This was not the piece I was planning to write. This was meant to be my write-up of my visit to Monferrato, the Piedmont region usually left out of the spotlight, though it has some of the most interesting red grapes in the country.
I wanted to tell you about flavourful Freisa and Marmite Ruché, about their take on Barbera and how I changed my opinion of Grignolino. I would have a part where I would tell you how the Alba aristocracy is throwing the odd look Monferrato’s way, and how a small group of producers lead the region’s natural wine movement. I certainly didn’t intend to engage with anything too serious. Just a postcard from a reserved but hardworking Italian region, some good wines to try, and then off to plan my next piece on Sardinia. You know, life’s little pleasures.
As cases of Covid-19 started appearing in northern Italy, I thought I might need an addendum, a brief obligatory call to support the region and its wines. When Lombardy started showing signs of a crisis, I started wondering if events would make the piece redundant. As the whole of Italy went in lockdown, discussing grapes and vinifications seemed weirdly frivolous, if not outright tone deaf. Instead of thinking about the wines, I started wondering about the people. I got in touch with some of the producers I’d spoken to, to find out how their lives are, how they have changed, and the impact this is having on their business. A few kindly got back to me; given the circumstances, it is difficult to ask the rest twice. I will still write that other article at some point, when things look like they are getting back to normal or, in a gloomier scenario, perhaps when we have become resigned to a New Normal. But for now, this is how the Monferrini are describing things on the ground.
It’s likely that by now you know how the Italian lockdown works: schools and universities have been closed for a while (since 25/2 in Monferrato). Restaurants, cafés, and any non-critical stores followed soon after. Going out requires a valid reason, with fines applied if not, and everyone is highly advised to stay in when at all possible. What you might know less well, especially given the inspiring, but unrepresentative, “balcony videos” circulating, is the effect this has on well-being.
Understandably, people are reporting being frightened, even panicking; one described it to me (perhaps with a hint of Italian flourish) as “a Third World War, this time bacteriological”. Others report struggling to think or concentrate on work. Even relatively innocuous aspects, such as going out with gloves and masks, have an impact, more so in a country where close physical contact is an integral part of the culture (I realise southern Italians might not have thought this would be problem for the Piedmontese). “Surreal” was used by more than one. It sounds about right.
If there is a silver lining for wine producers it is that, all things considered, a winery is one of the better places to be in a lockdown (I can confirm I would very happily take it over an apartment in Birmingham). Eleonora Armarino of Crealto told me there is relatively little changing in their everyday routine from a practical perspective: they do their shopping from local stores, and the agricultural work goes on as it would; nature doesn’t do lockdowns.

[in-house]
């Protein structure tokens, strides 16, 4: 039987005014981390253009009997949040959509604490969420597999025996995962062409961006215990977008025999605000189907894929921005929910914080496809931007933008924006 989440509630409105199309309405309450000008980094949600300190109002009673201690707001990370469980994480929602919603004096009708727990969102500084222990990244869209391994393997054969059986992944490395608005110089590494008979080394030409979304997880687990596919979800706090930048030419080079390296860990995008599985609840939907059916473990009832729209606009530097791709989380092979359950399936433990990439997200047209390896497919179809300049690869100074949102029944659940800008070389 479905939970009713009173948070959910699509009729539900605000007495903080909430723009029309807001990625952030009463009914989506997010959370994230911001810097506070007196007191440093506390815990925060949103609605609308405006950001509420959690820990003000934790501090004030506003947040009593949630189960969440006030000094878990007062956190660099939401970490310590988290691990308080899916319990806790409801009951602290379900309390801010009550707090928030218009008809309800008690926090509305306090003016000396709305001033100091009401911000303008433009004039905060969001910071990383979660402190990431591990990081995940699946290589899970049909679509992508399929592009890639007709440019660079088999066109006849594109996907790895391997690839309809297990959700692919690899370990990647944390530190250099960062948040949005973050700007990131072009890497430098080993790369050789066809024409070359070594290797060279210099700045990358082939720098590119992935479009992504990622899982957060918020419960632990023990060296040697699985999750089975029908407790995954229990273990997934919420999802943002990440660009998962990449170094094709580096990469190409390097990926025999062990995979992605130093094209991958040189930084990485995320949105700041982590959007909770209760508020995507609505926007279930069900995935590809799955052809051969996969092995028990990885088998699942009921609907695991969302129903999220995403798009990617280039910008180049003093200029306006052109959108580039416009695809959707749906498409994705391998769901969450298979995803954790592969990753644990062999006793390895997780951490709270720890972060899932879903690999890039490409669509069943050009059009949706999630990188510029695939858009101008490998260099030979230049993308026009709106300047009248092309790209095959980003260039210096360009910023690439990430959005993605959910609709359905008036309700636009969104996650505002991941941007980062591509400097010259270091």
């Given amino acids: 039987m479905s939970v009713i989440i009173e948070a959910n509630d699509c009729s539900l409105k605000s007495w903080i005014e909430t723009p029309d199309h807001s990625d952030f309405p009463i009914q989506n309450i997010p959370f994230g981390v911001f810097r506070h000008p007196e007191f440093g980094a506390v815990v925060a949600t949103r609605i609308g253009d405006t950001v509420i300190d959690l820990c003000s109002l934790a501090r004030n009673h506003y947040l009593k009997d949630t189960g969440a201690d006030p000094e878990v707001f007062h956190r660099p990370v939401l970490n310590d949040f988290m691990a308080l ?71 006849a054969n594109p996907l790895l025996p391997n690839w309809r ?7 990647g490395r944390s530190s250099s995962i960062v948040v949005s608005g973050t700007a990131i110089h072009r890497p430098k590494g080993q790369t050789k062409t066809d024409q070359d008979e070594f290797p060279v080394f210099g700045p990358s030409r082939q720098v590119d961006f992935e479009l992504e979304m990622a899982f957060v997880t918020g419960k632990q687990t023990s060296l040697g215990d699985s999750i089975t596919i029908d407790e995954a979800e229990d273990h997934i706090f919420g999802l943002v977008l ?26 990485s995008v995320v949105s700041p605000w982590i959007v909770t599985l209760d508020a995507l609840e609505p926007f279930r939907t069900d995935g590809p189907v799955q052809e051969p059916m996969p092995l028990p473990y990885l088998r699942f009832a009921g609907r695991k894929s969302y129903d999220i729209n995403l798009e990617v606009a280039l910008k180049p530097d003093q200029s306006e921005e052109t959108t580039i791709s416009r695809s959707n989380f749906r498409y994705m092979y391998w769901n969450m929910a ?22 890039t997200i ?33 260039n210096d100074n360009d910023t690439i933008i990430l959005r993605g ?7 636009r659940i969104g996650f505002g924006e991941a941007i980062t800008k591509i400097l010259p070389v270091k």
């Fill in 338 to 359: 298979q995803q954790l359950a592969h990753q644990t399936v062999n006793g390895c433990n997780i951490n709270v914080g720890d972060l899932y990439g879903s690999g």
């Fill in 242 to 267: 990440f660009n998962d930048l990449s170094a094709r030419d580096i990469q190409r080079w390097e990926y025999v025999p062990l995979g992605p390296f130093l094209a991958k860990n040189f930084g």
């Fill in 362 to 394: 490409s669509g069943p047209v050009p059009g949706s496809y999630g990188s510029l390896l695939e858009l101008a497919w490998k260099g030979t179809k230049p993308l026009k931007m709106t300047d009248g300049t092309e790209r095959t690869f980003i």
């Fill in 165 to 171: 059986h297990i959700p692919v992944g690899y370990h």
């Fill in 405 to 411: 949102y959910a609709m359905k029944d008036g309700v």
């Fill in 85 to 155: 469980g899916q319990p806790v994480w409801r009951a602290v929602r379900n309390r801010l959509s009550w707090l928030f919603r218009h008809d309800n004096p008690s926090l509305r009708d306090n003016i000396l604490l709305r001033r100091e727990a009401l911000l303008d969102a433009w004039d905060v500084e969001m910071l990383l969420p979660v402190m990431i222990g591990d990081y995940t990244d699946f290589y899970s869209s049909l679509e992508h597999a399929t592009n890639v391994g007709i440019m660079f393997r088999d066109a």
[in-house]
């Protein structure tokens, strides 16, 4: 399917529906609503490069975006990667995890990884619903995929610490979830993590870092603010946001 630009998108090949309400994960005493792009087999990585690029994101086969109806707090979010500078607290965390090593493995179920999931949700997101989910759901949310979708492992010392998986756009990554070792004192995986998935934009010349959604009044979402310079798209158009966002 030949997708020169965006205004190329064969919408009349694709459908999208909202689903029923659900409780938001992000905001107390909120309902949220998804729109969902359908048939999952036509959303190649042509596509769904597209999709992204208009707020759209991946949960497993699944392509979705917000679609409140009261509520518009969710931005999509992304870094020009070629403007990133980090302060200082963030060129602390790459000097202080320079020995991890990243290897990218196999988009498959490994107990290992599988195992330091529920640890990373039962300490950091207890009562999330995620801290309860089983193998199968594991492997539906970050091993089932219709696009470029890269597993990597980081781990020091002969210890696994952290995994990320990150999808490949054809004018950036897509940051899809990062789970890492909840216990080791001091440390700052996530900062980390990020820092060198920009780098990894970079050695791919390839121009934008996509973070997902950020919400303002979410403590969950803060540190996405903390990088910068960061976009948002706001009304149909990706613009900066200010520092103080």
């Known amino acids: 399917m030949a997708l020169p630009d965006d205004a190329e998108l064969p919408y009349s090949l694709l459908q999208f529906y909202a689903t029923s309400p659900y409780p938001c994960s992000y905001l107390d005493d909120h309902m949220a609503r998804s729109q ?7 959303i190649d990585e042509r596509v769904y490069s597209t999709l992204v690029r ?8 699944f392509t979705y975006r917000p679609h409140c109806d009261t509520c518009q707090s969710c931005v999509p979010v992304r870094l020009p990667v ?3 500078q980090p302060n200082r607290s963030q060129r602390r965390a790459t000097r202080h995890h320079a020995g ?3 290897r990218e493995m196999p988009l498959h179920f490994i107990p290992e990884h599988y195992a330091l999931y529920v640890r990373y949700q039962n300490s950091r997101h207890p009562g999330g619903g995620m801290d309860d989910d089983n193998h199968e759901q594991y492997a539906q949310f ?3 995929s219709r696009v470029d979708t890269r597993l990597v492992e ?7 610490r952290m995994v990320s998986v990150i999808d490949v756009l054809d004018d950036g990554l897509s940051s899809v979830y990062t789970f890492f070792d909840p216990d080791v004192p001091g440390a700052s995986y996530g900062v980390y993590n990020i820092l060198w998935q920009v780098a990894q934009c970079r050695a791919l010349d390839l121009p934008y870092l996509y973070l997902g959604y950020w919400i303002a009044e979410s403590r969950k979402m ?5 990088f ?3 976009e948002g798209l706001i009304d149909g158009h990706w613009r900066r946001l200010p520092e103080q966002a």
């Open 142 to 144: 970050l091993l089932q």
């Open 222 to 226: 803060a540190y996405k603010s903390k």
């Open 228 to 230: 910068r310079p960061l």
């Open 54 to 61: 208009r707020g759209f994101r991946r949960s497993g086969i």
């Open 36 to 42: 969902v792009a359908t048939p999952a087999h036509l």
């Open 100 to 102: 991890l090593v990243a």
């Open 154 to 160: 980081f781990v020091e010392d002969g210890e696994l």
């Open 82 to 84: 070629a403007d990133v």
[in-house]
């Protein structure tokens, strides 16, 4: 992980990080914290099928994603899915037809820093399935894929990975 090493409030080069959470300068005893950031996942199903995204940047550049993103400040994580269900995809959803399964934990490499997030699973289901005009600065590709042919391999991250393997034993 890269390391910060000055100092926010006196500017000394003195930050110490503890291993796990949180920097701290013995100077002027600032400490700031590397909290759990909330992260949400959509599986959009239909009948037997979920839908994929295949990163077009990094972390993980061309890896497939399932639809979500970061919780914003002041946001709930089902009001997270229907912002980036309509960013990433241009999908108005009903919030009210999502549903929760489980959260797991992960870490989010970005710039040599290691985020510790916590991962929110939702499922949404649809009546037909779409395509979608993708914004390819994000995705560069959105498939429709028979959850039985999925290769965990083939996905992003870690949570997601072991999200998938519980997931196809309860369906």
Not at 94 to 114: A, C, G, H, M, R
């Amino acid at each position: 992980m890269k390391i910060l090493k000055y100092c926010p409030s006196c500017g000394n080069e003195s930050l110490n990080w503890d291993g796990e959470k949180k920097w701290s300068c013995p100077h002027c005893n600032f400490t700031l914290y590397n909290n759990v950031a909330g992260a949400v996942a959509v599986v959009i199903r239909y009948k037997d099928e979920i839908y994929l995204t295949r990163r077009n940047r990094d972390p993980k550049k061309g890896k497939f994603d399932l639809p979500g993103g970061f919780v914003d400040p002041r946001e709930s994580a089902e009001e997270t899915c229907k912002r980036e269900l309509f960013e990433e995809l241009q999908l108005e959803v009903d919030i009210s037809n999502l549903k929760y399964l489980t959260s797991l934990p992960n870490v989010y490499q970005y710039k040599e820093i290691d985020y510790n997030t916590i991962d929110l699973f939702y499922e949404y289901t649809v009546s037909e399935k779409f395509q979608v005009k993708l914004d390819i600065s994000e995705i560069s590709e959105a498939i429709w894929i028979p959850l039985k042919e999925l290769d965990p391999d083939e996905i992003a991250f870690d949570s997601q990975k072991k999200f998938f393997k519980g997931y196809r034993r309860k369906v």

It is an entirely different story in the man-made realm of commerce. While technically exports are still allowed, and goods can certainly move as normal within Italy, everybody reports a complete halting of trade. The picture is bleak: cancellations of orders; rescheduling or indefinite postponement of events; an economy in stasis. Things are particularly dire for those that rely on supplementing their income from agritourism, hospitality being the single most affected sector in the country. This also magnified by a touch of the absurd. Suddenly, Italian products are viewed by some abroad as carriers of the Coronavirus, despite the evidence to the contrary. Franco Morando, the owner of Ruché specialists Montalbera, told me he recommends watching the TV news only once a day and read only expert commentary: advice we could all use.
As for production, feelings are mixed. Of course wine will be produced (it has been produced in times tougher than this), but with much of the 2019 stock unsold, there will be an impact on volume. Unsurprisingly, everyone has halted all investment plans and planting of new plots, an important effect on itself in an area that has been experiencing a lot of growth. Stefano Gervasoni of the strong new entrant Hic et Nunc, thinks that things will not go back to normal until the end of the year. Thankfully, all the people that got back to me were all trying to be stoical or cautiously optimistic about the future: grit the teeth and go forward hoping it all passes soon, as Patrizia Accornero put it. Of course everyone feels that it would be a great help if we keep believing in Italy and keep buying Italian wine more than before (which, as Eleonora of Crealto put it, it can help a difficult period pass).
Our Italian friends, however, do not have only requests of help from us: they also have words of caution. Their own experience should be instructive: in the words of Morando, Italian politicians failed to understand immediately the speed of propagation. Gervasoni thinks that the UK is wasting time. Accornero pleads with us to respect any rules imposed; for her, Italy is paying the superficiality with which the issue was originally treated. As Boris Johnson spent a week fiddling with behavioural science, British exceptionalism, and “taking it on the chin”, we would do well to listen. Northern Italy, a place with a strong State and one of the best healthcare systems in the world, was overwhelmed. In a few weeks, we are about to find out how the UK will cope with such a challenge.
Stay safe everyone.
Author: Peter Pharos